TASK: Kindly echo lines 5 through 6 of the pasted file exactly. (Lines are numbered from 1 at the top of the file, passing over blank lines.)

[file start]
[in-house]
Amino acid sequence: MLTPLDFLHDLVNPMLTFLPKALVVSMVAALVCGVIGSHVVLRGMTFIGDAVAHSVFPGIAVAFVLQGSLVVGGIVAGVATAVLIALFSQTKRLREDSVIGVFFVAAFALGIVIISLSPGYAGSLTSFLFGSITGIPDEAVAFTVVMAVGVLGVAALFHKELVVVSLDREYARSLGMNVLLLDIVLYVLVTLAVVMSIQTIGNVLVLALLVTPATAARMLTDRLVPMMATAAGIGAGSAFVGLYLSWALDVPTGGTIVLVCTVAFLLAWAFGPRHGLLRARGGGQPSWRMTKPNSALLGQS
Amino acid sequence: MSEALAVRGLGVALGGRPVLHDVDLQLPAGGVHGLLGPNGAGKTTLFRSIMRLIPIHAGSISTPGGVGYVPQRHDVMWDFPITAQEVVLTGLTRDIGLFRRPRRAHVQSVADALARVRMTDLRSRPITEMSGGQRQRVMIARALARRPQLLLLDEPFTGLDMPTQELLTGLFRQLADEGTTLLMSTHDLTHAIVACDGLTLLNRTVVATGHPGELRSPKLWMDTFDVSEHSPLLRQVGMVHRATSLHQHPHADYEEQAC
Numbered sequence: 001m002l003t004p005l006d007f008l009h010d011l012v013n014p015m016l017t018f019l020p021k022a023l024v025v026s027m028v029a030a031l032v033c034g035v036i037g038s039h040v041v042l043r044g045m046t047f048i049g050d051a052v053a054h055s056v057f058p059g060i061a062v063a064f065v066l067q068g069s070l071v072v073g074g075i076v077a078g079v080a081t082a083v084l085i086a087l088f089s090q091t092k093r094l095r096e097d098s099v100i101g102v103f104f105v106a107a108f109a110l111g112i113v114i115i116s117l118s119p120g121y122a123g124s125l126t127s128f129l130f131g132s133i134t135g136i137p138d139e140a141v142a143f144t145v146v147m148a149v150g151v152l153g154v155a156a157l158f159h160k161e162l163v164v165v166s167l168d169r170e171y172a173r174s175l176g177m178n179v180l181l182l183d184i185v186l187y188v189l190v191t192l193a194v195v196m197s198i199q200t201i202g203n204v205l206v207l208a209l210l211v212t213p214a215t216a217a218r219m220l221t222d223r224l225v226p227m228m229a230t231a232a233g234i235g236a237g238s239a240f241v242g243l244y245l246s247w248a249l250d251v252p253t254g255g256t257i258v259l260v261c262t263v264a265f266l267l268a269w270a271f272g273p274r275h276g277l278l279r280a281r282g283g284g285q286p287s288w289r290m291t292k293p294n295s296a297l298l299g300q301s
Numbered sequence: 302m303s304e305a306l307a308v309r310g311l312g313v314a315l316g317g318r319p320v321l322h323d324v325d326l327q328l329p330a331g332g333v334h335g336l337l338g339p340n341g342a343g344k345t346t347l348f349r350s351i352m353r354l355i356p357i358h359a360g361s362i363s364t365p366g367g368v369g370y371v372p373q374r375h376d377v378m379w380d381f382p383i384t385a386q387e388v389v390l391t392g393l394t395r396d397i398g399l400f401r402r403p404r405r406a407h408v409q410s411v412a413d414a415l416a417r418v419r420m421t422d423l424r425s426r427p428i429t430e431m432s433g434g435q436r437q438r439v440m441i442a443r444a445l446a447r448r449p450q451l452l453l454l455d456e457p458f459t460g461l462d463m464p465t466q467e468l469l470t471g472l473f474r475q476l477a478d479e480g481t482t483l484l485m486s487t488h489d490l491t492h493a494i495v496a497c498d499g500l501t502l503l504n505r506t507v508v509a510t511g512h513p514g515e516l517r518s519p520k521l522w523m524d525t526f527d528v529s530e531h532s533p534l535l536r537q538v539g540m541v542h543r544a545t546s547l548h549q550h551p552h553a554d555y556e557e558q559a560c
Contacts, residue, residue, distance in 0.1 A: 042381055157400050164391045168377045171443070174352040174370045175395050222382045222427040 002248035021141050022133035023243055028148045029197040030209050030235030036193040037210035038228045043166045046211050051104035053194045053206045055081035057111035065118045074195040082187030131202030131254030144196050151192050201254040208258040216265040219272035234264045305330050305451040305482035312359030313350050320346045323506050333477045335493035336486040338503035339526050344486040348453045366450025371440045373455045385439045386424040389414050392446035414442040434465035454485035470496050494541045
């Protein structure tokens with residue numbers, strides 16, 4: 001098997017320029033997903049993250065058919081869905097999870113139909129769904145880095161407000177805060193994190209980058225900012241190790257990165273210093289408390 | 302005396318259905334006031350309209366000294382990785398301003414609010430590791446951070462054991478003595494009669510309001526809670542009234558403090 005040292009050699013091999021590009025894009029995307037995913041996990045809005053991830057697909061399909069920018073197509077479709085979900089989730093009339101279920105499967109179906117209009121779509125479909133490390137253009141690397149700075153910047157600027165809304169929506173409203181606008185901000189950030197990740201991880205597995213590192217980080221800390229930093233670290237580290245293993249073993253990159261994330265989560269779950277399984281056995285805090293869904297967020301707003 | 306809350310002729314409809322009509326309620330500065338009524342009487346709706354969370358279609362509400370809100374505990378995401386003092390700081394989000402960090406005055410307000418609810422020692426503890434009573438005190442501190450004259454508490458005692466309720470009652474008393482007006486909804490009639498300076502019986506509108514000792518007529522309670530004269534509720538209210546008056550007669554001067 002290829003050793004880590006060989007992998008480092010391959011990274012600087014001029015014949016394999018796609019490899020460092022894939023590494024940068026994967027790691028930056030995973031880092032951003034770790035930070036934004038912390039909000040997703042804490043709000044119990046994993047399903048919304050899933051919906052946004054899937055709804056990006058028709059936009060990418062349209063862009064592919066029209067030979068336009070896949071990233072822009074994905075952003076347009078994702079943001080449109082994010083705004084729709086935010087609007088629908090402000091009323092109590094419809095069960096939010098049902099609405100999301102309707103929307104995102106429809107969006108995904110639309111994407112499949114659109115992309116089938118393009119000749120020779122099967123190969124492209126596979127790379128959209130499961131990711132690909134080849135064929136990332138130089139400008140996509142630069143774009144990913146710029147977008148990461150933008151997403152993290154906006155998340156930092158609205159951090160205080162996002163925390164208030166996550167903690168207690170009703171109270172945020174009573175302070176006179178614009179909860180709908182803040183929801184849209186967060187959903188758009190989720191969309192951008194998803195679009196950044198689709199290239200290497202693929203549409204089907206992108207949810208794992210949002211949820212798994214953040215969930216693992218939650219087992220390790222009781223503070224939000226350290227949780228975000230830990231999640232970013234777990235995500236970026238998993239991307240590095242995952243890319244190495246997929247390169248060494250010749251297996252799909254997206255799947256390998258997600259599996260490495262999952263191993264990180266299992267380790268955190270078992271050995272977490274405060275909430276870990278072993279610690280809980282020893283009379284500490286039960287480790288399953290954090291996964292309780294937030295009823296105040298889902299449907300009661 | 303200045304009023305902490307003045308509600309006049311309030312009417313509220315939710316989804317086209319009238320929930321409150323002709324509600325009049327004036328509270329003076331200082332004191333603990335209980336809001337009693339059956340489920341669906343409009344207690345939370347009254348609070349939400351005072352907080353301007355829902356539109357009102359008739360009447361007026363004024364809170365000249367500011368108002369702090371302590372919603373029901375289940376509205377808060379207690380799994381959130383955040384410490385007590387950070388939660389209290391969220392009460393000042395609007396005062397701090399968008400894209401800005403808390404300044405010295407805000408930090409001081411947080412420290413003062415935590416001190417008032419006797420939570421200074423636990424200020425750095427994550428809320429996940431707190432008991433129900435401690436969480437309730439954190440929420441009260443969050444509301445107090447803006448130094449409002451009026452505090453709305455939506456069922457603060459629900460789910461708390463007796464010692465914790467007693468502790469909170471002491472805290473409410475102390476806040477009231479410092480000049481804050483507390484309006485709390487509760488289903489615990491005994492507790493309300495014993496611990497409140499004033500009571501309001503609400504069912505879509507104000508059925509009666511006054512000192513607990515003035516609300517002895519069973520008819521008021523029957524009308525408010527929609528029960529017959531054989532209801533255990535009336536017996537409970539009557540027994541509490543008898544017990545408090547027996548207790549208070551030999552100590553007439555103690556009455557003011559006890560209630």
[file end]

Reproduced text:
Numbered sequence: 302m303s304e305a306l307a308v309r310g311l312g313v314a315l316g317g318r319p320v321l322h323d324v325d326l327q328l329p330a331g332g333v334h335g336l337l338g339p340n341g342a343g344k345t346t347l348f349r350s351i352m353r354l355i356p357i358h359a360g361s362i363s364t365p366g367g368v369g370y371v372p373q374r375h376d377v378m379w380d381f382p383i384t385a386q387e388v389v390l391t392g393l394t395r396d397i398g399l400f401r402r403p404r405r406a407h408v409q410s411v412a413d414a415l416a417r418v419r420m421t422d423l424r425s426r427p428i429t430e431m432s433g434g435q436r437q438r439v440m441i442a443r444a445l446a447r448r449p450q451l452l453l454l455d456e457p458f459t460g461l462d463m464p465t466q467e468l469l470t471g472l473f474r475q476l477a478d479e480g481t482t483l484l485m486s487t488h489d490l491t492h493a494i495v496a497c498d499g500l501t502l503l504n505r506t507v508v509a510t511g512h513p514g515e516l517r518s519p520k521l522w523m524d525t526f527d528v529s530e531h532s533p534l535l536r537q538v539g540m541v542h543r544a545t546s547l548h549q550h551p552h553a554d555y556e557e558q559a560c
Contacts, residue, residue, distance in 0.1 A: 042381055157400050164391045168377045171443070174352040174370045175395050222382045222427040 002248035021141050022133035023243055028148045029197040030209050030235030036193040037210035038228045043166045046211050051104035053194045053206045055081035057111035065118045074195040082187030131202030131254030144196050151192050201254040208258040216265040219272035234264045305330050305451040305482035312359030313350050320346045323506050333477045335493035336486040338503035339526050344486040348453045366450025371440045373455045385439045386424040389414050392446035414442040434465035454485035470496050494541045